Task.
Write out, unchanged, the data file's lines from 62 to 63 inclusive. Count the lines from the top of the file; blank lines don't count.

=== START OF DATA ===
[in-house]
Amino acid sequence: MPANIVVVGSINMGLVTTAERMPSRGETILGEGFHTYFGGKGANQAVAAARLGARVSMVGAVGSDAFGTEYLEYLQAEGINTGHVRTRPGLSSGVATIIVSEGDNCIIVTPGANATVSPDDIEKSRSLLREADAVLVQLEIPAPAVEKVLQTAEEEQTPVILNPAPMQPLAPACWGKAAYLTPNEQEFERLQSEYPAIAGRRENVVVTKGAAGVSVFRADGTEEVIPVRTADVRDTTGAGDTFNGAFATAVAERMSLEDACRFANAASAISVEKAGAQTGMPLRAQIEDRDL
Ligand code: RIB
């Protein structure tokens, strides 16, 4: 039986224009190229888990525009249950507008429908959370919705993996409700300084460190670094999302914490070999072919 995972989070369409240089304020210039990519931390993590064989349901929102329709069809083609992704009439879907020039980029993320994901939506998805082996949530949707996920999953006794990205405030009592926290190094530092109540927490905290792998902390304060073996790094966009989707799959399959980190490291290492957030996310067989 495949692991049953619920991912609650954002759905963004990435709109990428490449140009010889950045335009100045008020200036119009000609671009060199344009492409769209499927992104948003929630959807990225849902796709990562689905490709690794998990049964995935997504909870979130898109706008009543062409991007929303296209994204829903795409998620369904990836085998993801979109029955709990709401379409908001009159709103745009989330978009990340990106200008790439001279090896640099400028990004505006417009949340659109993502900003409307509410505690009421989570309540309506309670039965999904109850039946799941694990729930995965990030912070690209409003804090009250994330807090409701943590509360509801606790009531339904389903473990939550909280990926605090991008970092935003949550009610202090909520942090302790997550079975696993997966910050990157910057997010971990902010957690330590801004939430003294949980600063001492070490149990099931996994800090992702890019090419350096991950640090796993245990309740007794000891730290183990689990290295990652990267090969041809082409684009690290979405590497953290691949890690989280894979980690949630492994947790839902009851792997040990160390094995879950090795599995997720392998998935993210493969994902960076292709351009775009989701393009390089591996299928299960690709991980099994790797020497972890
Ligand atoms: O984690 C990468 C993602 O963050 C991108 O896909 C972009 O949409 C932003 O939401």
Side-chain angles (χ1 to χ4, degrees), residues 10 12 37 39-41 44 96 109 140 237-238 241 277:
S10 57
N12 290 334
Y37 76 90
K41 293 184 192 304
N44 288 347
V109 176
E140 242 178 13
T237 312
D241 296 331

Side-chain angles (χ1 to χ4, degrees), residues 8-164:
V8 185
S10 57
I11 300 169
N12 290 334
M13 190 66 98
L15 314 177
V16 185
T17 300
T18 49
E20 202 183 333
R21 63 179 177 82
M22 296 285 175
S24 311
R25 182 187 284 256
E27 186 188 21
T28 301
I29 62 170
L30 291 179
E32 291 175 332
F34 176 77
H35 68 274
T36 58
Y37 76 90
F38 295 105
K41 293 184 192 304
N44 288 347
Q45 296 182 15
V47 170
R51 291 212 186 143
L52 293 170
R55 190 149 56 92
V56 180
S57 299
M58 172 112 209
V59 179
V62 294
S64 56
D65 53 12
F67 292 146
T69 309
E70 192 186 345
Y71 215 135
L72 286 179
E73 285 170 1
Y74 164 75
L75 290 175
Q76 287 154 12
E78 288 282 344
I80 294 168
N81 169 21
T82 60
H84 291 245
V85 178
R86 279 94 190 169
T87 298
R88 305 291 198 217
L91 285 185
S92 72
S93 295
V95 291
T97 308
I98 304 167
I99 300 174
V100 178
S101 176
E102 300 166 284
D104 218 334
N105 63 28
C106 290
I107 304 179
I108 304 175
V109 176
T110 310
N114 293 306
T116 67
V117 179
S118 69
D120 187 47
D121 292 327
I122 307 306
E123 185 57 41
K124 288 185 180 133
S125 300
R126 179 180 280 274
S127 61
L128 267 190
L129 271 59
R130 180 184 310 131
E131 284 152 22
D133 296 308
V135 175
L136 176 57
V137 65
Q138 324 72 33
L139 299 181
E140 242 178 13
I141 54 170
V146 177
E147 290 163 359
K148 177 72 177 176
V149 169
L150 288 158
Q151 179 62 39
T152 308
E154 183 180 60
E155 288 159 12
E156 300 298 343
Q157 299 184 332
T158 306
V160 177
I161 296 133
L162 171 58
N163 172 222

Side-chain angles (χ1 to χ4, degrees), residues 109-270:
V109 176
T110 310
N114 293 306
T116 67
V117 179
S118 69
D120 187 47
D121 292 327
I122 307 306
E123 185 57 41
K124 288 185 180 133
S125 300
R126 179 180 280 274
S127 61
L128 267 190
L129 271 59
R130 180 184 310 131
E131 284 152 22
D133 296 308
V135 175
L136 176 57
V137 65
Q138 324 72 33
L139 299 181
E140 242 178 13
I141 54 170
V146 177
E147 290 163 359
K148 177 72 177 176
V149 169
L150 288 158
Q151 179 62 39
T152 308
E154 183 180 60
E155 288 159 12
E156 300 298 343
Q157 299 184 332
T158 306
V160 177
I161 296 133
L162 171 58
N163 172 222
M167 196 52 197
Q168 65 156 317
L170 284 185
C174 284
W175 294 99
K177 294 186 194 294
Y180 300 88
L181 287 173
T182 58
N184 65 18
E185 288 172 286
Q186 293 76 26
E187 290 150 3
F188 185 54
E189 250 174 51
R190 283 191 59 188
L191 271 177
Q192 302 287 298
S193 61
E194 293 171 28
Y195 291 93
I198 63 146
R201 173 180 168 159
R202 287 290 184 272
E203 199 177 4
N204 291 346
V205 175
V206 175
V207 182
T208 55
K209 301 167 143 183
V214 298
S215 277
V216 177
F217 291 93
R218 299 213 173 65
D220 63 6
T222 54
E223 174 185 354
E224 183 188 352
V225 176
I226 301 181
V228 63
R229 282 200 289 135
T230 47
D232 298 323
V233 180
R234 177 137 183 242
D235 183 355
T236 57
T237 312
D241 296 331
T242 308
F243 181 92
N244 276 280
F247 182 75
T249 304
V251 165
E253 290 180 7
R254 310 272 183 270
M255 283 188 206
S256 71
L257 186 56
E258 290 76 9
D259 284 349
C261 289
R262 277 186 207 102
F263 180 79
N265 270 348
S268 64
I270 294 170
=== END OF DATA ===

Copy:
L75 290 175
Q76 287 154 12